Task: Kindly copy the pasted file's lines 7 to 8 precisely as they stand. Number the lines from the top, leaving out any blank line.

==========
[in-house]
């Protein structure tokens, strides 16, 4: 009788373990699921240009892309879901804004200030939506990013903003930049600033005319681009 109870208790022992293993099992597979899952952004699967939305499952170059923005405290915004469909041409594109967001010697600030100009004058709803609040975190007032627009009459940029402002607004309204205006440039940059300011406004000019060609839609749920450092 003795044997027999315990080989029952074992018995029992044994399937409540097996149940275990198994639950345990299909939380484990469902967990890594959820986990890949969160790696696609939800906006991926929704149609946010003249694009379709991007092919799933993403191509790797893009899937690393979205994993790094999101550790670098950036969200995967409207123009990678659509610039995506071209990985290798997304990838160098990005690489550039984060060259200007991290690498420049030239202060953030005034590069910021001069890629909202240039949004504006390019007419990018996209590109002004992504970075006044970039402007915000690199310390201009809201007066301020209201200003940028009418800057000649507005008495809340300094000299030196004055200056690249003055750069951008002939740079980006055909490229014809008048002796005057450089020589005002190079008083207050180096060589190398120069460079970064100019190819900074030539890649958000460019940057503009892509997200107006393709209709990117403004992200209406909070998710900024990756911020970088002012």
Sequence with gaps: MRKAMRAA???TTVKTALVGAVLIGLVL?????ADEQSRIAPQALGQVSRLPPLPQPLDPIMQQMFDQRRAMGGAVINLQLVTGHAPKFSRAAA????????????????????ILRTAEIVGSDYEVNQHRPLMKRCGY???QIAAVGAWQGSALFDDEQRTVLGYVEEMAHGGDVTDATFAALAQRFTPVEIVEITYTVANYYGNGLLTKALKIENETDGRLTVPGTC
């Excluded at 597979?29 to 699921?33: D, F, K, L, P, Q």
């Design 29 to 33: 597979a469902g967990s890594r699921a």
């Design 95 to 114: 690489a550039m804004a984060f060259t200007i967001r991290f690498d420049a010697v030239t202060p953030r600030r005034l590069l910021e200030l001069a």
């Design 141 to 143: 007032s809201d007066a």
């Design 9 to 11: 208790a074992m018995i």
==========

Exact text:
């Design 141 to 143: 007032s809201d007066a």
């Design 9 to 11: 208790a074992m018995i």